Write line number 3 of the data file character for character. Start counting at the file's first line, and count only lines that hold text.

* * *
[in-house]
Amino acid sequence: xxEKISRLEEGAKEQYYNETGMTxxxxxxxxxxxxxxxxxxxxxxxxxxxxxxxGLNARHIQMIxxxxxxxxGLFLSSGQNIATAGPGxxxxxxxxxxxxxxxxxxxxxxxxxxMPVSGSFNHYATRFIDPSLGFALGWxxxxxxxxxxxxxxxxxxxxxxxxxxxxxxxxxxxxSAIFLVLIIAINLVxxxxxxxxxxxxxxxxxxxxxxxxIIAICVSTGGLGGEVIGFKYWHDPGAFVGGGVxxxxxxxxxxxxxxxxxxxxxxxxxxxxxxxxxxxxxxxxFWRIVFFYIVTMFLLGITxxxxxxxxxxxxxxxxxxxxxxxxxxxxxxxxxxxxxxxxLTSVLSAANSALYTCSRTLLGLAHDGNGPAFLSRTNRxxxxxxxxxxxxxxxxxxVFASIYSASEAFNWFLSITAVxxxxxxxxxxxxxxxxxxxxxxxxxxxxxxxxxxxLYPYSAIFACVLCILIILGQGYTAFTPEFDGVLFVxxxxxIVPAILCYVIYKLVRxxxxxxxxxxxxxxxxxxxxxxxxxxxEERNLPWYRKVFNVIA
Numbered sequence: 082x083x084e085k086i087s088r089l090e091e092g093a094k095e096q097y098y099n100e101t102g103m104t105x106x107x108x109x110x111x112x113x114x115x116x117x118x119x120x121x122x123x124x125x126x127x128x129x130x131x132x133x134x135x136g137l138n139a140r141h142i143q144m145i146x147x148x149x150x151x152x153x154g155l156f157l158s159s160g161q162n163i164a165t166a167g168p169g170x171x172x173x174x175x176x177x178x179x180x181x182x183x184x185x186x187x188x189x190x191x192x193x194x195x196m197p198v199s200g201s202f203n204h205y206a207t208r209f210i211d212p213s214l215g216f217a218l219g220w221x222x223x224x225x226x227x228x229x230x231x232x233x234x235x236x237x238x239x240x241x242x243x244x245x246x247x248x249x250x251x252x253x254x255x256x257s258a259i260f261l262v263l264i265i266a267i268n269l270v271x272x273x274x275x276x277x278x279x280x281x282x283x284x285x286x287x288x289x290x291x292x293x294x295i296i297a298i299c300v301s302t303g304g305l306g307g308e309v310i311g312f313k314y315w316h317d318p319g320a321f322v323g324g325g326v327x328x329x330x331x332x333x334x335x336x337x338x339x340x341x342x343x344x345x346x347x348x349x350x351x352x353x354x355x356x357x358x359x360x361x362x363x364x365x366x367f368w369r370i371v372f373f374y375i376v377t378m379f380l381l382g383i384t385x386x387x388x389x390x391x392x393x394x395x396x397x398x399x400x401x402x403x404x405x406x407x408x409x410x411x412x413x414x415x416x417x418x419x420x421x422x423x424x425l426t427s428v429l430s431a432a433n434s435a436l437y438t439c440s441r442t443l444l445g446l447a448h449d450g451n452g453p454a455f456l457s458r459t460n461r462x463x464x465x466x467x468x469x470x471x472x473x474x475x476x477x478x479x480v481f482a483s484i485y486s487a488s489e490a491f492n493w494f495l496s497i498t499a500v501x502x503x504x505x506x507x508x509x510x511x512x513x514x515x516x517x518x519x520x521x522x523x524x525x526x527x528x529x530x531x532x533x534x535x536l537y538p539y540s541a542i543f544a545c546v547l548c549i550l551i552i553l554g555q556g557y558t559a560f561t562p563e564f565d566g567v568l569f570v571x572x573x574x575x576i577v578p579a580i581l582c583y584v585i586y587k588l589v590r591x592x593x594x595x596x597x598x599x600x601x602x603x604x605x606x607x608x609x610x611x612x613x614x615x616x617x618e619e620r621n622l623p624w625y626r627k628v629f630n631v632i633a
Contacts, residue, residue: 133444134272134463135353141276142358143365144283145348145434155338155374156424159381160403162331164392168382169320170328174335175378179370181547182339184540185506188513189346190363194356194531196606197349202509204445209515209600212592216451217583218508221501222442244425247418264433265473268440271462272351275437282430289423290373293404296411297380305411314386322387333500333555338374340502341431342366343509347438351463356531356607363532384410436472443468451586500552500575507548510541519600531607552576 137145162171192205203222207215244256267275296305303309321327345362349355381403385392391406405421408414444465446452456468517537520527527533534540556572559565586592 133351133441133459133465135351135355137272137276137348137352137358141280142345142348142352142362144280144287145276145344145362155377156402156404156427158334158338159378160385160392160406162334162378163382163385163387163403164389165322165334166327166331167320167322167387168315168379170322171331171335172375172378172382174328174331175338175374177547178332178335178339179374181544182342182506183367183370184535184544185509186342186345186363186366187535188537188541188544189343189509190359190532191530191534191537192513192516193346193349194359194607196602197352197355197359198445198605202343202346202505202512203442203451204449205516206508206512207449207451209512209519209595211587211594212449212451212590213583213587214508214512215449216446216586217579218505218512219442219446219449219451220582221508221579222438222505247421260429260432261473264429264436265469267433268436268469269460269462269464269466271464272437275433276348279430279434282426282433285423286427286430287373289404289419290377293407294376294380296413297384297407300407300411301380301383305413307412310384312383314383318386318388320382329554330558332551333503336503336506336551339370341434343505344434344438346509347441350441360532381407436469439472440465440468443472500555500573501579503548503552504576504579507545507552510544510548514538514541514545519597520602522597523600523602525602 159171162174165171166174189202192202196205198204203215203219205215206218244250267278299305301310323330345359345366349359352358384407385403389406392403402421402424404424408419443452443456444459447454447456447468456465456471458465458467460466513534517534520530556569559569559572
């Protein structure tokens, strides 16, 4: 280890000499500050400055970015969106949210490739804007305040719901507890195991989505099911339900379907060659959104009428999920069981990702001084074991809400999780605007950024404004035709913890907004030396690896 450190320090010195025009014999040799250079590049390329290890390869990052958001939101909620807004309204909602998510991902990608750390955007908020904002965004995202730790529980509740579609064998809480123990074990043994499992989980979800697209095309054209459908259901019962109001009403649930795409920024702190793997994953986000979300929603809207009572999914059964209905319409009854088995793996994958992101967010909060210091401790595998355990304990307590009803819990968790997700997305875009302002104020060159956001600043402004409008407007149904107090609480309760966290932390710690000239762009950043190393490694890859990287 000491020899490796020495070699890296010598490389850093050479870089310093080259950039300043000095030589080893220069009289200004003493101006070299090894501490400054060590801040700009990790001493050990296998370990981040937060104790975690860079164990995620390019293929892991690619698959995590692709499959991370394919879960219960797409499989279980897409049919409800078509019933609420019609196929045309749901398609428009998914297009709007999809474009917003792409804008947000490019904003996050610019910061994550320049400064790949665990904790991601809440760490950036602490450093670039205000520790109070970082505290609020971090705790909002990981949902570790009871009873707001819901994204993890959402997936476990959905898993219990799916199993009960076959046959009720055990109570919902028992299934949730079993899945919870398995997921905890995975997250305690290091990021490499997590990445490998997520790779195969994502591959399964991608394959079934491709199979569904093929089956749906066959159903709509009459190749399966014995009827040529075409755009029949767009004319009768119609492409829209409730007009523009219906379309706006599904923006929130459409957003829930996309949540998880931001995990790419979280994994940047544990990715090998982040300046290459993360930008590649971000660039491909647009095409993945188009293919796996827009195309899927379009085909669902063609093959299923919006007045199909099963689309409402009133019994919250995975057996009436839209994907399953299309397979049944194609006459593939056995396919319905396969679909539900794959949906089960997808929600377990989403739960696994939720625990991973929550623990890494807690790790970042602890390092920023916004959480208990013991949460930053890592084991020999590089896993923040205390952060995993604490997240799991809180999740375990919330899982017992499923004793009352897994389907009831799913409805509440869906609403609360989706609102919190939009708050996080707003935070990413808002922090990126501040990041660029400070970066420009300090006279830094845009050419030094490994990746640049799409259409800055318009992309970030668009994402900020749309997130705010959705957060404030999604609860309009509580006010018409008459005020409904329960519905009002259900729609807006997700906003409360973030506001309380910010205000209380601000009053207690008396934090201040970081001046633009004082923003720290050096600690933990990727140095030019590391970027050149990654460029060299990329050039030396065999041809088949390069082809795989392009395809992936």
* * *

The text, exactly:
Numbered sequence: 082x083x084e085k086i087s088r089l090e091e092g093a094k095e096q097y098y099n100e101t102g103m104t105x106x107x108x109x110x111x112x113x114x115x116x117x118x119x120x121x122x123x124x125x126x127x128x129x130x131x132x133x134x135x136g137l138n139a140r141h142i143q144m145i146x147x148x149x150x151x152x153x154g155l156f157l158s159s160g161q162n163i164a165t166a167g168p169g170x171x172x173x174x175x176x177x178x179x180x181x182x183x184x185x186x187x188x189x190x191x192x193x194x195x196m197p198v199s200g201s202f203n204h205y206a207t208r209f210i211d212p213s214l215g216f217a218l219g220w221x222x223x224x225x226x227x228x229x230x231x232x233x234x235x236x237x238x239x240x241x242x243x244x245x246x247x248x249x250x251x252x253x254x255x256x257s258a259i260f261l262v263l264i265i266a267i268n269l270v271x272x273x274x275x276x277x278x279x280x281x282x283x284x285x286x287x288x289x290x291x292x293x294x295i296i297a298i299c300v301s302t303g304g305l306g307g308e309v310i311g312f313k314y315w316h317d318p319g320a321f322v323g324g325g326v327x328x329x330x331x332x333x334x335x336x337x338x339x340x341x342x343x344x345x346x347x348x349x350x351x352x353x354x355x356x357x358x359x360x361x362x363x364x365x366x367f368w369r370i371v372f373f374y375i376v377t378m379f380l381l382g383i384t385x386x387x388x389x390x391x392x393x394x395x396x397x398x399x400x401x402x403x404x405x406x407x408x409x410x411x412x413x414x415x416x417x418x419x420x421x422x423x424x425l426t427s428v429l430s431a432a433n434s435a436l437y438t439c440s441r442t443l444l445g446l447a448h449d450g451n452g453p454a455f456l457s458r459t460n461r462x463x464x465x466x467x468x469x470x471x472x473x474x475x476x477x478x479x480v481f482a483s484i485y486s487a488s489e490a491f492n493w494f495l496s497i498t499a500v501x502x503x504x505x506x507x508x509x510x511x512x513x514x515x516x517x518x519x520x521x522x523x524x525x526x527x528x529x530x531x532x533x534x535x536l537y538p539y540s541a542i543f544a545c546v547l548c549i550l551i552i553l554g555q556g557y558t559a560f561t562p563e564f565d566g567v568l569f570v571x572x573x574x575x576i577v578p579a580i581l582c583y584v585i586y587k588l589v590r591x592x593x594x595x596x597x598x599x600x601x602x603x604x605x606x607x608x609x610x611x612x613x614x615x616x617x618e619e620r621n622l623p624w625y626r627k628v629f630n631v632i633a